The utterly expected tale of the Kiwi Calypso
Children are generally quite gullible. I was a child so I know. When I was young, I was happy to believe in all kinds of nonsense: tooth fairies, vampires, shape-shifting alien monsters, flying robots, talking cars, supply-side economics.
But if you'd told me that in my lifetime a touring New Zealand team would crush West Indies by 186 runs at Sabina Park, in Kingston, in Jamaica, I'd have given you a suspicious, narrow-eyed look, before backing away slowly and running off to find a policeman. Either that or I'd think you were a traveller from the seventh dimension and ask you for Darth Vader's autograph.
No film studio on the planet would have touched the script for Kiwi Calypso: an uplifting tale of how a plucky nation famous for flightless birds, wind, and unnecessarily confrontational rugby dances, overcame the odds to beat the greatest cricket team ever assembled in their own backyard. An audience can suspend disbelief in the case of bike-riding aliens, self-driving cars and flying men in blue tights, but New Zealand beating West Indies in Jamaica? Come on buddy, no one's buying that.
The remarkable thing about this reversal in cricket fortune is how unremarkable it now seems. Everyone who read the news had the same reaction:
"I see West Indies lost again, dear."
"Was it to Papua New Guinea?"
"No, I don't think so."
"Damn. I had money on them losing to Papua New Guinea."
"To be fair to them, dear, they weren't playing Papua New Guinea."
"So who was it?"
"Let me see. Ah, it says New Zealand."
"Oh. Well that's not very surprising."
"No, I agree, it isn't particularly remarkable. Could you pass the marmalade?"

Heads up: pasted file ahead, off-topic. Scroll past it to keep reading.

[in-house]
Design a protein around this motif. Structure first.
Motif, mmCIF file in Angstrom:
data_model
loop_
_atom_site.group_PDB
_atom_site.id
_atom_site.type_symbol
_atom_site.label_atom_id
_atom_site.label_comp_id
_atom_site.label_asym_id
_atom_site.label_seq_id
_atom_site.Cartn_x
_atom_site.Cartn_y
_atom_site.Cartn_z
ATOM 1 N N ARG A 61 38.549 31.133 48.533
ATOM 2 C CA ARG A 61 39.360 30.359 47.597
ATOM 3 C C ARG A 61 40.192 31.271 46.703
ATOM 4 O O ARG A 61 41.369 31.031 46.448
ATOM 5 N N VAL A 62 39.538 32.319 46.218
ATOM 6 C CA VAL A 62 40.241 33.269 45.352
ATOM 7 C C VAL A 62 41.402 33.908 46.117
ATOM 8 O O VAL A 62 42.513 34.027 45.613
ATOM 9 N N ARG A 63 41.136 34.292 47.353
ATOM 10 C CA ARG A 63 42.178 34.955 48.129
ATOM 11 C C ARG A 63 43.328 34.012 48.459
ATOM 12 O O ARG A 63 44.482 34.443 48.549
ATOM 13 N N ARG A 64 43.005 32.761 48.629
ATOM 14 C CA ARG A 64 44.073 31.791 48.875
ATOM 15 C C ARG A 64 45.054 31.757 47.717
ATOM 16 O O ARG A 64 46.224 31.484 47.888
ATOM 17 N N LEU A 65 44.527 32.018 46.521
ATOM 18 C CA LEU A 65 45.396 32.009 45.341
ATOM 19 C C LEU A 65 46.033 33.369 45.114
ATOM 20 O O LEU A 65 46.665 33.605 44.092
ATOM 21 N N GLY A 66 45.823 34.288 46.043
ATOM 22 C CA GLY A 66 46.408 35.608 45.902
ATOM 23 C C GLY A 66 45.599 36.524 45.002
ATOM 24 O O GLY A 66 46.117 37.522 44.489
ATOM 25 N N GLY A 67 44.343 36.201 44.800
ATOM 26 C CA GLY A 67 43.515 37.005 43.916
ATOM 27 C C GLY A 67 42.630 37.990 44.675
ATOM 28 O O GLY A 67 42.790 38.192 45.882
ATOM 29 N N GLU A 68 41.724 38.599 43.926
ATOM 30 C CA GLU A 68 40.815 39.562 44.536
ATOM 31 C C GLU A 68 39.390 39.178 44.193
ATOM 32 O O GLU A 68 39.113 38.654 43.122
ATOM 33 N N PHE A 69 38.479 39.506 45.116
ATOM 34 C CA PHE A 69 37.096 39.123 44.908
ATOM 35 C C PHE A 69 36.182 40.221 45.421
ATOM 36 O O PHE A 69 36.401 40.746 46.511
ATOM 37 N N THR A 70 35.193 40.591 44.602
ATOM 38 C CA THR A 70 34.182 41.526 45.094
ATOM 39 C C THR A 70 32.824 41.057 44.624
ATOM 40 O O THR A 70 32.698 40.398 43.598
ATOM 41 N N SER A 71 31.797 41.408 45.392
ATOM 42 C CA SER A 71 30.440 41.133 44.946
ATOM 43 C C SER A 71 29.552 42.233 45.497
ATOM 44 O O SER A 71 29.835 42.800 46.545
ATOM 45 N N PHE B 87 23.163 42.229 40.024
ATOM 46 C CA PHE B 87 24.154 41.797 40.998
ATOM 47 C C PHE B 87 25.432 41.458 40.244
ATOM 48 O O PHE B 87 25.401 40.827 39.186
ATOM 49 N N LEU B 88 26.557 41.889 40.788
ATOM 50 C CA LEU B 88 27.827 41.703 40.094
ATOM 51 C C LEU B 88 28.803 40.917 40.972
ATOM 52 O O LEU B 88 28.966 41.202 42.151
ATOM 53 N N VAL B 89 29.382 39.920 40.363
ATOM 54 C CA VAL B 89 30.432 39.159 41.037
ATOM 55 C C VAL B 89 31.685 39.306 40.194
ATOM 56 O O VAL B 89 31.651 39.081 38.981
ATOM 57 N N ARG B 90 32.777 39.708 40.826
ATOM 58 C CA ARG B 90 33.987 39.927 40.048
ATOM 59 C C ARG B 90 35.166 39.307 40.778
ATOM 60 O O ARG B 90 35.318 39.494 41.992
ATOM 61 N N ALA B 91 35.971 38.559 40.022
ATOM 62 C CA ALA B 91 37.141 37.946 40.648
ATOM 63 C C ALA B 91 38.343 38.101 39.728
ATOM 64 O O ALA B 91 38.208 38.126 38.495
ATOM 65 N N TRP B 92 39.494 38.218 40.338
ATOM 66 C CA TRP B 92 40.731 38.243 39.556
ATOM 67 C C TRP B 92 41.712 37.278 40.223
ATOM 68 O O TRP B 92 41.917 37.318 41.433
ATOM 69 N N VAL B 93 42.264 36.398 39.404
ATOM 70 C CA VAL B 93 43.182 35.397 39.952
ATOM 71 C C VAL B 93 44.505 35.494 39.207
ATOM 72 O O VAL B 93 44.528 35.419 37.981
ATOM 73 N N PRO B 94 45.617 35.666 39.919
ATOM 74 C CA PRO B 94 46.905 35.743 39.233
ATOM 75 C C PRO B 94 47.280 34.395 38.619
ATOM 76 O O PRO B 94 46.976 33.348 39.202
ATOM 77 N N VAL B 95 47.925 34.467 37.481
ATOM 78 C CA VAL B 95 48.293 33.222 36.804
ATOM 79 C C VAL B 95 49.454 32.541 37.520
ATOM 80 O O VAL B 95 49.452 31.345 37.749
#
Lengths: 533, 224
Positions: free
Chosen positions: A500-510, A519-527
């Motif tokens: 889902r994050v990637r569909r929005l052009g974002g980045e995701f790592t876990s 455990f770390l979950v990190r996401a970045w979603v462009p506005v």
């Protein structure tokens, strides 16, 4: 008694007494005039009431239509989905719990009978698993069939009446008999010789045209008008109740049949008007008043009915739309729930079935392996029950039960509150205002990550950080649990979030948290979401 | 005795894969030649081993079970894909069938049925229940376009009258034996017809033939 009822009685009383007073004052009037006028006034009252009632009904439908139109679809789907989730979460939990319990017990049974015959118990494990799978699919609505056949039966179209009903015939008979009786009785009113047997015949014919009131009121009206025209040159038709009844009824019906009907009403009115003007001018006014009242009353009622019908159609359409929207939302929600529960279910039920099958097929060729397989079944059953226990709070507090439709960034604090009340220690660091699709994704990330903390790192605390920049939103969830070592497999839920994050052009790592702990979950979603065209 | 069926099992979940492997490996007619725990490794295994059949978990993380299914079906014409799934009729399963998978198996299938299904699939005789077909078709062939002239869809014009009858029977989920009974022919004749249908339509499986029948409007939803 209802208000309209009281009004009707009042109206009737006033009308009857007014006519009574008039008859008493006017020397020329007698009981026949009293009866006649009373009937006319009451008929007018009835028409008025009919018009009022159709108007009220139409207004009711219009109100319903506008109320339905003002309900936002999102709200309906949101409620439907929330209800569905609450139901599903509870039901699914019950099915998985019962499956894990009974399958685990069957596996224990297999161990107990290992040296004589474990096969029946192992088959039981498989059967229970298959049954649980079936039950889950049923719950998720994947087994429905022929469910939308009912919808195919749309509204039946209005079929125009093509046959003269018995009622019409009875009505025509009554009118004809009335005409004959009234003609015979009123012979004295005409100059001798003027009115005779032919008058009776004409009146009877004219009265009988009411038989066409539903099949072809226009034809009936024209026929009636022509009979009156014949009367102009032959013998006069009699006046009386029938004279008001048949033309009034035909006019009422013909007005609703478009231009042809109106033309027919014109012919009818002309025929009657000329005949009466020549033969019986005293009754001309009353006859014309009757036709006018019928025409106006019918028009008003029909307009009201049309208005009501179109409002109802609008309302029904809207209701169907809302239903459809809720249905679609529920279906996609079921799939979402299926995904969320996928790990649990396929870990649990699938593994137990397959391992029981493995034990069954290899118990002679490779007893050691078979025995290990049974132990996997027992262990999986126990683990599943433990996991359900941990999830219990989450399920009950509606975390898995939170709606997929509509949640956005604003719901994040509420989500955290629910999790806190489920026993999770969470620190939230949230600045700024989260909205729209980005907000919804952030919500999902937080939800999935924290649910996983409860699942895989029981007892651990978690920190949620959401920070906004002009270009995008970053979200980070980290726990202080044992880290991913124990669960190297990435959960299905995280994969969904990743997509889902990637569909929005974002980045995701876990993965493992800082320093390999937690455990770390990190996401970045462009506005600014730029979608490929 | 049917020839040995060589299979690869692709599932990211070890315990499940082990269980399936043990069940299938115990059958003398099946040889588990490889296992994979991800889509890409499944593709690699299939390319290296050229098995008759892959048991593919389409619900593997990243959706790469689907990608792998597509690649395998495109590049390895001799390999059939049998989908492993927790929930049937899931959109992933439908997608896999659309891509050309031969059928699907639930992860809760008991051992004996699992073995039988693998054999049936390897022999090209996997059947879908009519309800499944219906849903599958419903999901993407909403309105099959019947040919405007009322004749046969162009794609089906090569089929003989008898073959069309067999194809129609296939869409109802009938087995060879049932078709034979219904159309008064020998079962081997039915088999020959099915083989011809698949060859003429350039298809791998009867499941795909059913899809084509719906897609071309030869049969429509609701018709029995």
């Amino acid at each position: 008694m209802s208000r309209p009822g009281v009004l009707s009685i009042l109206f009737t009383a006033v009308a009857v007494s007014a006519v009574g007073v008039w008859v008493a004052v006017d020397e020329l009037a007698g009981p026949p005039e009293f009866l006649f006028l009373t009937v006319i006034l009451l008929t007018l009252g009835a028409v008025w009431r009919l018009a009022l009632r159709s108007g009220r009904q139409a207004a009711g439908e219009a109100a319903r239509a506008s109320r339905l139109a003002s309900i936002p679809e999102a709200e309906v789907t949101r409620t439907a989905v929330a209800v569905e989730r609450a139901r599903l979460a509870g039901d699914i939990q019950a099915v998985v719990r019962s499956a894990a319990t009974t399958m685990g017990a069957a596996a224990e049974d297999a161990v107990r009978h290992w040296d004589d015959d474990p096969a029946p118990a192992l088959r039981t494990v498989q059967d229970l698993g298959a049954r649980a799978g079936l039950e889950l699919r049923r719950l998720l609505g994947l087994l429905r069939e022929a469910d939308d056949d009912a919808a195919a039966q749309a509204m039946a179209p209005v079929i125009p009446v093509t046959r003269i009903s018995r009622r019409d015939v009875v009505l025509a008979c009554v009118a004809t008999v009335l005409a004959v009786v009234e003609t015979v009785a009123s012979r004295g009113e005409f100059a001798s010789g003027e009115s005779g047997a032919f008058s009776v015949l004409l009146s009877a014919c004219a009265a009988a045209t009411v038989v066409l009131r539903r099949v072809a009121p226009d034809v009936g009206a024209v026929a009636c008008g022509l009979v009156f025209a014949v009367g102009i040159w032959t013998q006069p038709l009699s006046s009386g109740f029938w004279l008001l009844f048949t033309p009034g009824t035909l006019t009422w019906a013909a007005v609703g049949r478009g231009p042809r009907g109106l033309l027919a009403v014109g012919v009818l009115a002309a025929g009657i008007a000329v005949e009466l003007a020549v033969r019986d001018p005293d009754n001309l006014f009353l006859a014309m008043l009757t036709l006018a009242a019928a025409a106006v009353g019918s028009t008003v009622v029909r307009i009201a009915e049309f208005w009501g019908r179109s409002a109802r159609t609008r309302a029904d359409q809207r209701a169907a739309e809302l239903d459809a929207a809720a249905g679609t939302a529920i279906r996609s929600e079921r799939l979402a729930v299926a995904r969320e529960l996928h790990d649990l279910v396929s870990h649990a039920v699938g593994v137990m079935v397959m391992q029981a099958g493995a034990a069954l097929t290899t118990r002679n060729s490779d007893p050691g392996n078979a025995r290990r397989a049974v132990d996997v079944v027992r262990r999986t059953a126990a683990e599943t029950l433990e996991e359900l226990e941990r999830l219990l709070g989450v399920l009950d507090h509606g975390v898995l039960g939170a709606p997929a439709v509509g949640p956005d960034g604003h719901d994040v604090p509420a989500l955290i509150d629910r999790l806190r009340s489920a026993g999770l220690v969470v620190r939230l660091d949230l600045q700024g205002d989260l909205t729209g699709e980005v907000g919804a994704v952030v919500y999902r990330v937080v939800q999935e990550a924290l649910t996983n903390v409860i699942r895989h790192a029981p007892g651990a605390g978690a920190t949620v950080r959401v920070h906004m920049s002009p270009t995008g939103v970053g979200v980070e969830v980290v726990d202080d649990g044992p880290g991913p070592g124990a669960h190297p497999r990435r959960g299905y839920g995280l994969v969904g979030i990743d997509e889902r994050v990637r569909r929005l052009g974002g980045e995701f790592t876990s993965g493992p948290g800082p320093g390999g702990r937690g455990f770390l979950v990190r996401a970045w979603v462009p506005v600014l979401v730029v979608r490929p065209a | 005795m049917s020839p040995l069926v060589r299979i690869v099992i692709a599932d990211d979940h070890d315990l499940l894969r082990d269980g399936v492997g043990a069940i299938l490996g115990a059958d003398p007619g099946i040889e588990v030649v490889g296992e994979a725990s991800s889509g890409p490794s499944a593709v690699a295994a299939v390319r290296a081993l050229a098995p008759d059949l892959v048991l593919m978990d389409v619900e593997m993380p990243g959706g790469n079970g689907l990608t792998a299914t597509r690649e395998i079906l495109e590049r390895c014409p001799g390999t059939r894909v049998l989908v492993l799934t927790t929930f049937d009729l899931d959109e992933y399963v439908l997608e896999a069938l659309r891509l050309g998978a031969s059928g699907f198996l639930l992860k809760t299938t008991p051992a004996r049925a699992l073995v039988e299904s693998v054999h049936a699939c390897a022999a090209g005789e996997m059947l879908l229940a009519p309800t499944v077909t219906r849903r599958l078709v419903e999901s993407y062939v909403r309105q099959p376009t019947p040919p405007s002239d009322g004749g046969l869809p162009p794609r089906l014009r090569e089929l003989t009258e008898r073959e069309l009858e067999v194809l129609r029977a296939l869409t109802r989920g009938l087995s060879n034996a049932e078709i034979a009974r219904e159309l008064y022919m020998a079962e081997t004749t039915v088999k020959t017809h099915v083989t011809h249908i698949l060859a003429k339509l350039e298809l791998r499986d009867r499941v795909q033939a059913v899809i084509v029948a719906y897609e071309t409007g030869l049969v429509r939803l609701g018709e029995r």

New Zealanders would have had exactly the same conversation, accompanied, perhaps, by the raising of one eyebrow, whilst West Indies fans would know better than to read the cricket news during a home Test series.
So what has happened to West Indies? We know their Test team used to be very good. We know they are no longer very good. We can measure the angle of the slope of their decline (about 45 degrees) the extent of the deterioration in percentage terms (roughly 100) and we can even name the slump after the man who has diligently recorded it: let's call it the Cozier Rate Of Caribbean Test Cricket Performance Entropy.
But why has it happened? Experts on West Indian cricket have all pitched in over the years, but their explanations sound like the collected attempts of a series of druids, shamans and amateur wizards to explain why tides happen. Is it the lure of basketball? The magnetic power of athletics? Global warming? Bad karma? The Iraq war? Meanwhile, the tide comes in, the tide goes out and the West Indies lose.
There were two more alarming facts in this stranger-than-fiction, yet strangely predictable result. First, the home side played two fast bowlers. As far as I'm concerned, two fast bowlers is two fast bowlers short of a West Indies attack. I'm sure there's a clause in the WICB constitution requiring a minimum of four scary pace men in every West Indian team, and if there isn't such a clause, there should be.
Secondly, Chris Gayle appears to have taken a vow of abstinence. In the first innings, for possibly the first time in the history of the universe, he batted more slowly than Shivnarine Chanderpaul. This may be related to the fact that he has been reading Geoffrey Boycott's 13th volume of autobiography: I Told Thee I Were Right. But whatever the cause, he needs to rethink his strategy. There may be many reasons why Chris Gayle was put on this planet, but grinding out half-centuries at a strike rate of one run every two balls was not one of them. Pull yourself together, Chris. Your loose confederation of regionally proximate but mutually antagonistic sovereign nations needs you.
Andrew Hughes is a writer currently based in England. He tweets here